Longtime intellectual property lawyer Michael Cantor built his law firm from the ground up. Since the mid-1990s, Cantor Colburn has grown from a handful of IP lawyers to a 110-lawyer firm that recently ranked seventh on the Law Tribune's list of the top-grossing law firms in the state.
Because of that kind of entrepreneurial growth, and the business connections he's made along the way, Cantor has been chosen by Governor Dannel Malloy to chair Connecticut Innovations.The quasi-public agency is charged with growing Connecticut's economy by making loans to, and strategic investments in, emerging businesses in high-tech industries, including energy, biotechnology, and information technology.
"Jobs to me is the number one focus," said Cantor. "We need our young people to stay in this state and not leave for other places. The only way it'll happen is to create jobs in high-tech areas that they want to work at, companies that are innovation based — social networking, software, biotech, pharmaceuticals, alternative energy. We need companies that do that work here."
Cantor currently serves as co-managing partner of Hartford-based Cantor Colburn, which has grown to become one of the largest IP firms in the nation. Cantor combines his technical training in chemical and materials engineering with more than 30 years of experience as an intellectual property attorney.
His firm's clients include Fortune 50 corporations, universities, high-tech start-ups, and mid-sized companies.
"Michael Cantor has years of experience working with high-tech companies, serving as an advisor to help their operations grow and push boundaries," Malloy said in a statement. "He is an energetic, hands-on leader whose proficiencies, particularly within the engineering field, will serve as a benefit to both CI and the people of Connecticut."
Previously, Cantor was appointed by former Governor M. Jodi Rell to the board of the Connecticut Development Authority. In May, he was selected by Malloy to serve on the board of Connecticut Innovations, which merged with the development authority in 2012. The programs of both entities continue in the combined organization.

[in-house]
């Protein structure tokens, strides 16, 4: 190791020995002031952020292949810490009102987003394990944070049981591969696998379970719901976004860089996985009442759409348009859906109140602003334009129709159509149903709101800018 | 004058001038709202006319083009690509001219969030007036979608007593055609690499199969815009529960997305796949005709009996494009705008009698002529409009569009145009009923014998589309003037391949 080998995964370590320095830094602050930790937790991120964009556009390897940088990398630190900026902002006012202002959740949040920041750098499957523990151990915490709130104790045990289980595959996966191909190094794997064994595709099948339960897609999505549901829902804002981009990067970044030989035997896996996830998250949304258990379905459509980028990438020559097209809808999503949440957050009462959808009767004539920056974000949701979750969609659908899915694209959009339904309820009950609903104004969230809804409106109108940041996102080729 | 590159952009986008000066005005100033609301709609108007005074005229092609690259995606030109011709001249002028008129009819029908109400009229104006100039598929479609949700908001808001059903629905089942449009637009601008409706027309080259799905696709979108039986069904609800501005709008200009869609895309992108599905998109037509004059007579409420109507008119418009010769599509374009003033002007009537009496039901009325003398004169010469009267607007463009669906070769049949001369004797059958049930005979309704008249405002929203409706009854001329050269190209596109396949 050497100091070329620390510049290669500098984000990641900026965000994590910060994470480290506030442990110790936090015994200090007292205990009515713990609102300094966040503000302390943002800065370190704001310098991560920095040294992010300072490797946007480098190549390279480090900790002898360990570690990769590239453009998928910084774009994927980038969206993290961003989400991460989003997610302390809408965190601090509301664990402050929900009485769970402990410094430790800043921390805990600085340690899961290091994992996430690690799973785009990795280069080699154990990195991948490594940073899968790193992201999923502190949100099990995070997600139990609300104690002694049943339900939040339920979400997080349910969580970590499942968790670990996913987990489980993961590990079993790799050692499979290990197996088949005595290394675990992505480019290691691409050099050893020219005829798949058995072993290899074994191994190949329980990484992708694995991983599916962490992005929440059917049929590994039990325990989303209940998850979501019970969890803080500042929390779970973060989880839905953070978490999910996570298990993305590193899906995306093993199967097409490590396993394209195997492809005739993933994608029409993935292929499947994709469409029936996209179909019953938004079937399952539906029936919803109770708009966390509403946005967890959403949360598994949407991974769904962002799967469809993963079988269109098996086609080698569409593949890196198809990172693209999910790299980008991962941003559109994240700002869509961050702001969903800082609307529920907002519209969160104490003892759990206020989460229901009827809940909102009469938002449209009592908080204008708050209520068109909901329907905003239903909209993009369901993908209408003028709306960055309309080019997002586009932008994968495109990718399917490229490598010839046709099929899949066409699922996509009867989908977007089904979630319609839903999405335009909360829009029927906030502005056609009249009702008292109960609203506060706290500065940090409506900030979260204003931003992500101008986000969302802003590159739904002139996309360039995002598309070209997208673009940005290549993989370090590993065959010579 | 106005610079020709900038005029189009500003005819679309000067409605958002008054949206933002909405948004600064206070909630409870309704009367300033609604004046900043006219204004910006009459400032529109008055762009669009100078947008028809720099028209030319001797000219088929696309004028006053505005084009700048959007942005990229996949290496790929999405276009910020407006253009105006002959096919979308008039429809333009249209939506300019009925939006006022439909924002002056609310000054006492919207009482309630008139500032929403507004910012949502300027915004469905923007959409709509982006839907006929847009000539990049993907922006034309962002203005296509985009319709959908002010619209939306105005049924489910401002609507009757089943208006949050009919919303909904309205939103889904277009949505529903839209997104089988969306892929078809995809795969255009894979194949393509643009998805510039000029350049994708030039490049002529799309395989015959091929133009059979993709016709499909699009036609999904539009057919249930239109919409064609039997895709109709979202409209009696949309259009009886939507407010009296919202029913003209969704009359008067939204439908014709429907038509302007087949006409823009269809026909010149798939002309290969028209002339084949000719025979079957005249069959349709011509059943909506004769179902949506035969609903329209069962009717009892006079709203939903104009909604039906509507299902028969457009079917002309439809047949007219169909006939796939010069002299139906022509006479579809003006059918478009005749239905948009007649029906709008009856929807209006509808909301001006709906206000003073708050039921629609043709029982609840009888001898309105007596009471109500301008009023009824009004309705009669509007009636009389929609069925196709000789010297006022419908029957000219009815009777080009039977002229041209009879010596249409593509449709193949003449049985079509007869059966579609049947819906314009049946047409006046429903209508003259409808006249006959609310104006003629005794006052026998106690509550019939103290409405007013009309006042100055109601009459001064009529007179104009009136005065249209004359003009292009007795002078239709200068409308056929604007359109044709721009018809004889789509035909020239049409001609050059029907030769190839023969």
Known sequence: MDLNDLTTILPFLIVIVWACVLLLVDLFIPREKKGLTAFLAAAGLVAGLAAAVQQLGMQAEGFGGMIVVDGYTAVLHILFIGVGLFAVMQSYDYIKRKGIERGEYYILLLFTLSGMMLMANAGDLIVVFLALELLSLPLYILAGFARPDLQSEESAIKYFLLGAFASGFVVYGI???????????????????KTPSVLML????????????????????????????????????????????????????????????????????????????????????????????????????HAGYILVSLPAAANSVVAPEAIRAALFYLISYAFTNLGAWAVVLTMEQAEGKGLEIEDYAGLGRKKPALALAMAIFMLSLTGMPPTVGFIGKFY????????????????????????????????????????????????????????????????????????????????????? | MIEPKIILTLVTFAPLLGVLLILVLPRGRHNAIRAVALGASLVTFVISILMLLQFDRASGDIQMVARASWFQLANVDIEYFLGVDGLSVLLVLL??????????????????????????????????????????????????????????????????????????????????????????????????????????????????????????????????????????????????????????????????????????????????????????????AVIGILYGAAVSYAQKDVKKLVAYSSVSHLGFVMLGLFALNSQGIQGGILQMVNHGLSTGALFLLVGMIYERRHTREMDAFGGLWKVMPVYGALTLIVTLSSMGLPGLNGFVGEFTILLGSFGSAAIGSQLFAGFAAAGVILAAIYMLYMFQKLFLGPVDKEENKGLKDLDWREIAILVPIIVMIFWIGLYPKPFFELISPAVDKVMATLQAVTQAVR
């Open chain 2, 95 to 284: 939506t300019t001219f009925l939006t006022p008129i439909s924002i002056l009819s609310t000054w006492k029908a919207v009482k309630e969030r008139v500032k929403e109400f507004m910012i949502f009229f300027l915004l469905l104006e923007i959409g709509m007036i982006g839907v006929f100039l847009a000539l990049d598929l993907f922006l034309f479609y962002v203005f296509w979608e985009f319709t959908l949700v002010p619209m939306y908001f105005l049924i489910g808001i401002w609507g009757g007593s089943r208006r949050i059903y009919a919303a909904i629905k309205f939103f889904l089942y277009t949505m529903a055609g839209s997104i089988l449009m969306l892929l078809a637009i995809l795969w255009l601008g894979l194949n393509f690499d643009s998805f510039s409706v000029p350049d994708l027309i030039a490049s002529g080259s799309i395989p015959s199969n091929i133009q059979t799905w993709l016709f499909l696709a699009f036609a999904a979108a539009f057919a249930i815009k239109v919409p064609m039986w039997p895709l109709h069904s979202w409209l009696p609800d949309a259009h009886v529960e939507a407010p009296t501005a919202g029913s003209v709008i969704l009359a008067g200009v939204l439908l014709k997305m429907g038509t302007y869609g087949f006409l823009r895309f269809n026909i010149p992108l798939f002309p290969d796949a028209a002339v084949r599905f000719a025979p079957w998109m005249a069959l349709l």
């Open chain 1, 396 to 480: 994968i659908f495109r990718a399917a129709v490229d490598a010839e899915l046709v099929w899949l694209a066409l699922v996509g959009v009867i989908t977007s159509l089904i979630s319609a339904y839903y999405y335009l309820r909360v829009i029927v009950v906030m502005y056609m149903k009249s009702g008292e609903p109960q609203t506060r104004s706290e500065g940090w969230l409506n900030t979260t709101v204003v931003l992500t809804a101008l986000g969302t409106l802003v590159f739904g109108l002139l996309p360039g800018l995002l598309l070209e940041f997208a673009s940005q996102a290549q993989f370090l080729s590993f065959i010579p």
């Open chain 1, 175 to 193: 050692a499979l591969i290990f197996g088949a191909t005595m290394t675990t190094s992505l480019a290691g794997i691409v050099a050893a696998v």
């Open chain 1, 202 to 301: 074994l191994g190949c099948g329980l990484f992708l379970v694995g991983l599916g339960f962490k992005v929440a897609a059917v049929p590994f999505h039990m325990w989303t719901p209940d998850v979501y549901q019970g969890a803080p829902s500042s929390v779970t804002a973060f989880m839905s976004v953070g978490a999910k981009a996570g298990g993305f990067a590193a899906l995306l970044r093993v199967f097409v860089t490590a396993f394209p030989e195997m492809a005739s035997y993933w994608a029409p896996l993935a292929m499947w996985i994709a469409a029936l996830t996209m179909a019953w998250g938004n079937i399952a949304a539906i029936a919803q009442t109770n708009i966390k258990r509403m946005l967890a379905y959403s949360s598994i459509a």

While state law previously designated the commissioner of the Department of Economic and Community Development as chairperson of Connecticut Innovations, a new law requires the governor to appoint the chairperson. That provided the opening for Cantor, who believes his experience and connections will benefit the organization. "Certainly, a lot of what [Connecticut Innovations] do is the kind of work I do for my clients," said Cantor.
Cantor said start-up companies are always concerned about IP issues and getting sued for patent infringement. He said new companies must research whether their products or services are something different than what's been done before, whether they need licenses from other companies to make their product, and whether any existing patents might result in their getting sued.
"There's a lot to it," said Cantor. "We know how to grow a business and what it takes. We did it here in Hartford. That skillset is something else I can bring to the table at Connecticut Innovations."
Cantor said it's an exciting time to get the governor's appointment thanks to the Jackson Laboratory's genetic research project on the campus of the University of Connecticut Health Center. The project is supposed to create more than 6,800 jobs over the next 20 years. The 20-year capital and research budget for the institute is projected to be $1.1 billion.
Because of Jackson Labs, Cantor expects more businesses to want to come into Connecticut, including those that move to Greater Hartford specifically to take advantage of the research being done in the labs. "It's such an exciting time," said Cantor.•